Sad, that, because it’s so far from the truth.  But neither love nor logic seems able to cross issue or ideological boundaries in this day and age.  Men like me are haters in the eyes of those on the other side of the line, the enemy. 

The irony is, of course, that the vast majority of the women I care for wouldn’t bat an eyelash before saying I’m too liberal on the abortion issue.

There is no method of civil disagreement left to us in this sad period.  As individuals we are too used to indulging our opinions as if they actually mattered. 

Love is not, after all, present in any of the ~1.5 million abortions that take place every year in the United States.

I told you this would not be easy reading.  Love, like the absence of it, also be dark.  W.H. Auden’s famous poem, Funeral Blues, paints the starkest possible picture of the end of love itself:

Stop all the clocks, cut off the telephone,
Prevent the dog from barking with a juicy bone,
Silence the pianos and with muffled drum
Bring out the coffin, let the mourners come.

Let aeroplanes circle moaning overhead
Scribbling on the sky the message He is Dead.
Put crepe bows round the white necks of the public doves,
Let the traffic policemen wear black cotton gloves.

He was my North, my South, my East and West,
My working week and my Sunday rest,
My noon, my midnight, my talk, my song;
I thought that love would last forever: I was wrong.

The stars are not wanted now; put out every one,
Pack up the moon and dismantle the sun,
Pour away the ocean and sweep up the woods;
For nothing now can ever come to any good.

Love is, so far as any can know with certainty, for the living.  Faith alone instructs us that it lives on after we pass through death. 

In either realm, love is both a noun and a verb, entity and action, and it must be nurtured and protected in our hearts.  1 Corinthians, chapter 13:4-7 offers an excellent working definition of love as a noun:

Love is patient, love is kind.
It does not envy, it does not boast, it is not proud.
It is not rude, it is not self-seeking, it is not easily angered, it keeps no record of wrongs.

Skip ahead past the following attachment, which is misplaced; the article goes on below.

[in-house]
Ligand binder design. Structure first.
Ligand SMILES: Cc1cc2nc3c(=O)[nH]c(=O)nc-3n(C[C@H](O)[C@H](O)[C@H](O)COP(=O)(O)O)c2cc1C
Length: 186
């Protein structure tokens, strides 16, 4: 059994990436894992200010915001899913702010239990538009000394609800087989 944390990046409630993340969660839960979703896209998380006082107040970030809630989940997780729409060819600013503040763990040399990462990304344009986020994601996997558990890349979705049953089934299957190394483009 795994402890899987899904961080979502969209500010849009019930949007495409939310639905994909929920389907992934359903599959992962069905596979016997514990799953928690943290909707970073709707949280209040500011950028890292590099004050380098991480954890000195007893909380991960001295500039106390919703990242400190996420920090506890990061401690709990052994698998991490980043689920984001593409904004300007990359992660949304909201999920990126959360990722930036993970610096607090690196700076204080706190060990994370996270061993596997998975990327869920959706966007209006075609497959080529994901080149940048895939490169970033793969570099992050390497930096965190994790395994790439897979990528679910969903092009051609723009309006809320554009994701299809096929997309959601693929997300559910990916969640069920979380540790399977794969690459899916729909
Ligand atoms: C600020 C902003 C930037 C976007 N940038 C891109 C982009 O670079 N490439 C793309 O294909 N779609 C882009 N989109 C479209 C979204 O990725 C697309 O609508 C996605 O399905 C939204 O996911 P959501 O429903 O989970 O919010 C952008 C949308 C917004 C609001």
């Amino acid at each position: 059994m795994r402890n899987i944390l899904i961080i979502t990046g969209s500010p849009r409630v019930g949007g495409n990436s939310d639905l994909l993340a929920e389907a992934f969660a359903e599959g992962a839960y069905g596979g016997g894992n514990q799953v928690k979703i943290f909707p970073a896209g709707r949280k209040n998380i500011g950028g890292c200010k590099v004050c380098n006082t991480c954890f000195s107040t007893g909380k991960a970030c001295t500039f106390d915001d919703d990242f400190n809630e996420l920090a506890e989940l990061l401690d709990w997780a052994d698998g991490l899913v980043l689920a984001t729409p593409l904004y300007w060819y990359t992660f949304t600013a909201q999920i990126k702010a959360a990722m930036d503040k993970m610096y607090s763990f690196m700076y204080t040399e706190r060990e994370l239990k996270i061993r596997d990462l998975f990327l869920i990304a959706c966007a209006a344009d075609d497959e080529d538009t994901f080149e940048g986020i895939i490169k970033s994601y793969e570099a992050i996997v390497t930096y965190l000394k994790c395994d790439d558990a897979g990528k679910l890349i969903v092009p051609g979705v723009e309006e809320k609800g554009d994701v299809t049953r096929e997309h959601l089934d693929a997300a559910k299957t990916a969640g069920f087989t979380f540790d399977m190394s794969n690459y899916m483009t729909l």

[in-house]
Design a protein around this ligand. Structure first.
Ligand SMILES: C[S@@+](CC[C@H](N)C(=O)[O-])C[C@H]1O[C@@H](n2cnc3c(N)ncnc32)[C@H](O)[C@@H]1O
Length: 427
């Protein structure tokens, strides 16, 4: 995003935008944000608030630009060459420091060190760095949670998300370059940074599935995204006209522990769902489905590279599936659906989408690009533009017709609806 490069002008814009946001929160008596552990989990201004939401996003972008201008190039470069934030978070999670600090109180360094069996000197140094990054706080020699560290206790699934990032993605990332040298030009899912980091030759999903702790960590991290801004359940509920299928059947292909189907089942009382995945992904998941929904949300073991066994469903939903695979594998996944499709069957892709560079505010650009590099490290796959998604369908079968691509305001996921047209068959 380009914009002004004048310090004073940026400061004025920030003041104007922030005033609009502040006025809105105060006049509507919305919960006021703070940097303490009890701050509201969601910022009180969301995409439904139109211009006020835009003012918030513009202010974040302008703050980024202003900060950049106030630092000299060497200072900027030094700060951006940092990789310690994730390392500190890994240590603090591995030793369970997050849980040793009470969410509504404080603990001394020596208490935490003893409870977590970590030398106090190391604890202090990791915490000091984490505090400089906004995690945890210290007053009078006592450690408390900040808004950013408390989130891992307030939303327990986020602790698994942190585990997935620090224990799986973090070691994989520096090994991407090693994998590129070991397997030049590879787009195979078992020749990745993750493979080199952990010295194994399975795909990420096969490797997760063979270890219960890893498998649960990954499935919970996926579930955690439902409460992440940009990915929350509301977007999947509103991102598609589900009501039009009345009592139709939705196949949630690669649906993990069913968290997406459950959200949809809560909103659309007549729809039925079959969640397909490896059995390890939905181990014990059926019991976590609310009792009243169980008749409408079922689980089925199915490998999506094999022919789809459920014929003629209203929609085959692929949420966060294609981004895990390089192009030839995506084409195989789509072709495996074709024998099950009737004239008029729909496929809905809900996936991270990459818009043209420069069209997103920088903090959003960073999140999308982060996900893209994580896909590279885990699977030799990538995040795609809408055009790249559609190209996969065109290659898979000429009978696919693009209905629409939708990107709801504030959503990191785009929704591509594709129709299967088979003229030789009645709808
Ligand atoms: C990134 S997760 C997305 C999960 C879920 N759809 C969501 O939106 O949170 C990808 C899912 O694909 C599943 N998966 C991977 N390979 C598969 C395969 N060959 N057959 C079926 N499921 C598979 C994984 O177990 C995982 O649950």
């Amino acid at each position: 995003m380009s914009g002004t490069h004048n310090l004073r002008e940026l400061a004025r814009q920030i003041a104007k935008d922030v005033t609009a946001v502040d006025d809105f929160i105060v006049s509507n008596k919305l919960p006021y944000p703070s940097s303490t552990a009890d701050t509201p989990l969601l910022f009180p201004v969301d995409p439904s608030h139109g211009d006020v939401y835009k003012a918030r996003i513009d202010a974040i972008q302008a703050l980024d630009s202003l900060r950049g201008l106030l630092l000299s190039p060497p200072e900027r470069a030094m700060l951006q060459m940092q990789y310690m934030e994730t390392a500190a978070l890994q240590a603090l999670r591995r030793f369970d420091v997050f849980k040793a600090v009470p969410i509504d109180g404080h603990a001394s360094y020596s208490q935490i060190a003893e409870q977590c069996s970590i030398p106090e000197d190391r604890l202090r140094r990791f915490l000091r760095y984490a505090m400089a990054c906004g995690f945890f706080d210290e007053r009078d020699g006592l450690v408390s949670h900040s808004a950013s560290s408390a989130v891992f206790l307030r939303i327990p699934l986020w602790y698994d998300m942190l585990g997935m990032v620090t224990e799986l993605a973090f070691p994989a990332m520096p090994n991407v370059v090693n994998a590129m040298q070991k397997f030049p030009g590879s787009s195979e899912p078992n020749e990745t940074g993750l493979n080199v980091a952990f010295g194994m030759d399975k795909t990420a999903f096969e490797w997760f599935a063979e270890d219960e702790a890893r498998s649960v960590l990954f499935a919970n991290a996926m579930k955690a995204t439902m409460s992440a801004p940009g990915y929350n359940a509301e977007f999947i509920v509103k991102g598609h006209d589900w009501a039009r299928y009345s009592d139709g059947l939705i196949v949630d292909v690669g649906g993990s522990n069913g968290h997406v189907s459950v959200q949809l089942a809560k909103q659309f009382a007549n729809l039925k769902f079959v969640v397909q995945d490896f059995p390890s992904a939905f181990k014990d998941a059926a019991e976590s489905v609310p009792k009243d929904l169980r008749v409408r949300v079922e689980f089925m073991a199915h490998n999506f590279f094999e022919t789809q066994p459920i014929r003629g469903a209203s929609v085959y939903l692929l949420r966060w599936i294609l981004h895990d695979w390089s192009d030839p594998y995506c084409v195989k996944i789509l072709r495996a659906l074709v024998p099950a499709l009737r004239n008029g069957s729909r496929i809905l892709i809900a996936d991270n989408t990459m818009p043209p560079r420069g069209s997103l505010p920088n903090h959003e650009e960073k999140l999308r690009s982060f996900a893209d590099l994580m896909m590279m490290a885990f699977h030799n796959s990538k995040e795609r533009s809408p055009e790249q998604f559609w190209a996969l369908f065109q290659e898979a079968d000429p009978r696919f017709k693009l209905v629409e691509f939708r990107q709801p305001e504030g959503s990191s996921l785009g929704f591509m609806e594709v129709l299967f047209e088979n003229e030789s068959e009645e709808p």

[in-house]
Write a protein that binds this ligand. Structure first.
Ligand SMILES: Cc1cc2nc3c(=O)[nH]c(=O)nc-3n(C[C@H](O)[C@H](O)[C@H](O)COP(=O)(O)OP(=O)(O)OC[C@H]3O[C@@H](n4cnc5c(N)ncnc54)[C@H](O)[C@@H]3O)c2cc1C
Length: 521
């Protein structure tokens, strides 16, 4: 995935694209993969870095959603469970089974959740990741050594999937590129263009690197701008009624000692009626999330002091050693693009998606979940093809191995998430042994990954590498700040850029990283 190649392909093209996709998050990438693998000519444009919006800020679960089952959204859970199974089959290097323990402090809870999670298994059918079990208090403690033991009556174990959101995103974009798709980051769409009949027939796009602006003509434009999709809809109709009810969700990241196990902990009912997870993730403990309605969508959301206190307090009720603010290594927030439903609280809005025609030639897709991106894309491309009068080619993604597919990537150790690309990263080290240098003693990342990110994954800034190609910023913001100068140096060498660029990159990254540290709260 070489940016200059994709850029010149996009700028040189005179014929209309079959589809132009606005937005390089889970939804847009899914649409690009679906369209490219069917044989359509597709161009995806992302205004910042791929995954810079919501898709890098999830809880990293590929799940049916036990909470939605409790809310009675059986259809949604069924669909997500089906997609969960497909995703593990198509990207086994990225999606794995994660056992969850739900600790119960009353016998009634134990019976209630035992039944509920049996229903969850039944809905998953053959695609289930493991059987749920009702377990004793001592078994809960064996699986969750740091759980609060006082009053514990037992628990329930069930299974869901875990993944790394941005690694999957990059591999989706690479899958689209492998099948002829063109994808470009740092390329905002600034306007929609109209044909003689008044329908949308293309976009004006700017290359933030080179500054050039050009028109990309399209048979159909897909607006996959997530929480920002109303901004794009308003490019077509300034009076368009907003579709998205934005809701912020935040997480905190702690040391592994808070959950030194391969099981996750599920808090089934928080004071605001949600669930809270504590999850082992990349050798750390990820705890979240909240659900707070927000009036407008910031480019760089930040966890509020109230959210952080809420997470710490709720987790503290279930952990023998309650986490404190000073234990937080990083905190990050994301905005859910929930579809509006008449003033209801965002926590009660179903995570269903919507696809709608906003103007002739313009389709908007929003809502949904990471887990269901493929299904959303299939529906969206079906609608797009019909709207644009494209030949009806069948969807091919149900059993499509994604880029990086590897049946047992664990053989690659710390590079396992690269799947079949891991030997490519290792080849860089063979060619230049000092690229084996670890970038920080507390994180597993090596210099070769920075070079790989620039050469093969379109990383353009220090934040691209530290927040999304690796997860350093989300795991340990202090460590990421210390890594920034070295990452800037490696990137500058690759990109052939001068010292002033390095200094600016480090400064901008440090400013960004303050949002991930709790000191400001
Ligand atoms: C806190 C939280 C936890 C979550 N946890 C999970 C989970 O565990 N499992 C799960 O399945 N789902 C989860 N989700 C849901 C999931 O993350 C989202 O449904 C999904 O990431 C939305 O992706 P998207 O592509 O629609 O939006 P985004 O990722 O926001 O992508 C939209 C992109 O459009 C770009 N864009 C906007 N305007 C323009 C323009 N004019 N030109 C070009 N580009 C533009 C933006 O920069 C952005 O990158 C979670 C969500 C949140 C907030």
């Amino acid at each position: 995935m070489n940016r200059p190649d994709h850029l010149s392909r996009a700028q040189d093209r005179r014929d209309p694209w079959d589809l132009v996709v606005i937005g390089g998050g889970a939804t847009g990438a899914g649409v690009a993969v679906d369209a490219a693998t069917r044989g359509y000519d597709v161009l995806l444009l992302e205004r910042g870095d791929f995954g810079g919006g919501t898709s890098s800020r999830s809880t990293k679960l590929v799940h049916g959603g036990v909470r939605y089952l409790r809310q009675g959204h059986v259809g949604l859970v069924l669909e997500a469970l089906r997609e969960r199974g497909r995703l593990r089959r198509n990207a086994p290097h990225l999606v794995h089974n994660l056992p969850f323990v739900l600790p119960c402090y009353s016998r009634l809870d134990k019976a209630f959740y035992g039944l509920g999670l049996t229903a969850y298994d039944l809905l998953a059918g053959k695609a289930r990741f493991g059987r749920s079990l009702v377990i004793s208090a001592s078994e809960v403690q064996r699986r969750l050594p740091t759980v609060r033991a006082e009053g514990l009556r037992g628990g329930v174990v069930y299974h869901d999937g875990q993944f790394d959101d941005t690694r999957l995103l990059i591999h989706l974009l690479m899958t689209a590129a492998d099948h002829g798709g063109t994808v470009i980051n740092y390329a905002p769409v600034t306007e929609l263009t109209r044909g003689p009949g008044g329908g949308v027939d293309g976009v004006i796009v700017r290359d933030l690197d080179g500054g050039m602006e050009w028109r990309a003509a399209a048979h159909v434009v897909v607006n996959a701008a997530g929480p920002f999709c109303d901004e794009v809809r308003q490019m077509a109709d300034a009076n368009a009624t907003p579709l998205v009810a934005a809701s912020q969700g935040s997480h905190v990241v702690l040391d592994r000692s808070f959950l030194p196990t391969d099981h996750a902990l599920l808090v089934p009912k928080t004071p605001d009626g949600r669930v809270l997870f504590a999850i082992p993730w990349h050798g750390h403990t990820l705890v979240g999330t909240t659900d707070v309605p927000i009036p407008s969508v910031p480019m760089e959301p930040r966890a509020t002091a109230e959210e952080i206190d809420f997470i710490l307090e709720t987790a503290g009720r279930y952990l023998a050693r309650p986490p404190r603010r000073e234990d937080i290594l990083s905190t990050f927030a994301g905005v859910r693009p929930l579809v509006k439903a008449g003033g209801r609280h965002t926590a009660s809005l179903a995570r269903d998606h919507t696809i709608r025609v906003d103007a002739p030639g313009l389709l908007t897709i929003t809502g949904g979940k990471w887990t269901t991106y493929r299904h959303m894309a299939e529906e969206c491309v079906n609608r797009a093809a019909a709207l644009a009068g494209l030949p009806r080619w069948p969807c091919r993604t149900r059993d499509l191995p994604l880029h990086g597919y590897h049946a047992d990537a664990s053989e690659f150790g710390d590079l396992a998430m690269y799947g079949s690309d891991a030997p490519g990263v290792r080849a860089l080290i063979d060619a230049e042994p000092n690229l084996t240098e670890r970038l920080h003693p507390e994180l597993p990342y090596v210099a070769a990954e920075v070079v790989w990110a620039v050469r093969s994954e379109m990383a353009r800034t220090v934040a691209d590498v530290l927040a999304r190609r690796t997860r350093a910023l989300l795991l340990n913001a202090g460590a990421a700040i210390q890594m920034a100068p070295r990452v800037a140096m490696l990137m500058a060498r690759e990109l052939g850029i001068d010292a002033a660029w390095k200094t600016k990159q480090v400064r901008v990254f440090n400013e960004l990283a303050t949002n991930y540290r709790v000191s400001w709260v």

Love does not delight in evil but rejoices with the truth.
It always protects, always trusts, always hopes, always perseveres.

Shape your love for your parents, husband/wife, and children in this way and love the verb will act for the good in your life.  In the words of dc Talk:

Hey, tell me haven’t you heard?
Love is a serious word.
Hey, I think it’s time you learned:
I don’t care what you say,
I don’t care what you heard,
the word love – love is a verb

Meaning that while, we receive love the noun, we give love as a verb, by taking loving actions.  John 3:16, perhaps the most well-known verse in the Bible, reads:

For God so loved the world that he gave his one and only Son, that whoever believes in him shall not perish but have eternal life.

The Christian story is at its core an act of love that no mere man could perform on his own, for our love is not so pure as that, even for those we truly love as best we can.  Again, there is the noun and the verb, intertwined, almost indistinguishable unless you seek out the difference.

Each of us has the free will to do as we please.  Our choices to love patiently, kindly, humbly, to protect and trust those we love, to hope and persevere define our lives, as do the times when we do the opposite.

Today, choose to act as 1 Corinthians advises.  Buy the obligatory flowers and candy on Valentine’s Day if you wish, but don’t stop there.  Let’s make our actions toward our husbands and wives and children exactly what they should be today, just for this one day, and see where that takes us.  Too hard?

Back in the day there was a man
who stepped outta heaven and he walked the land.
He delivered to the people an eternal choice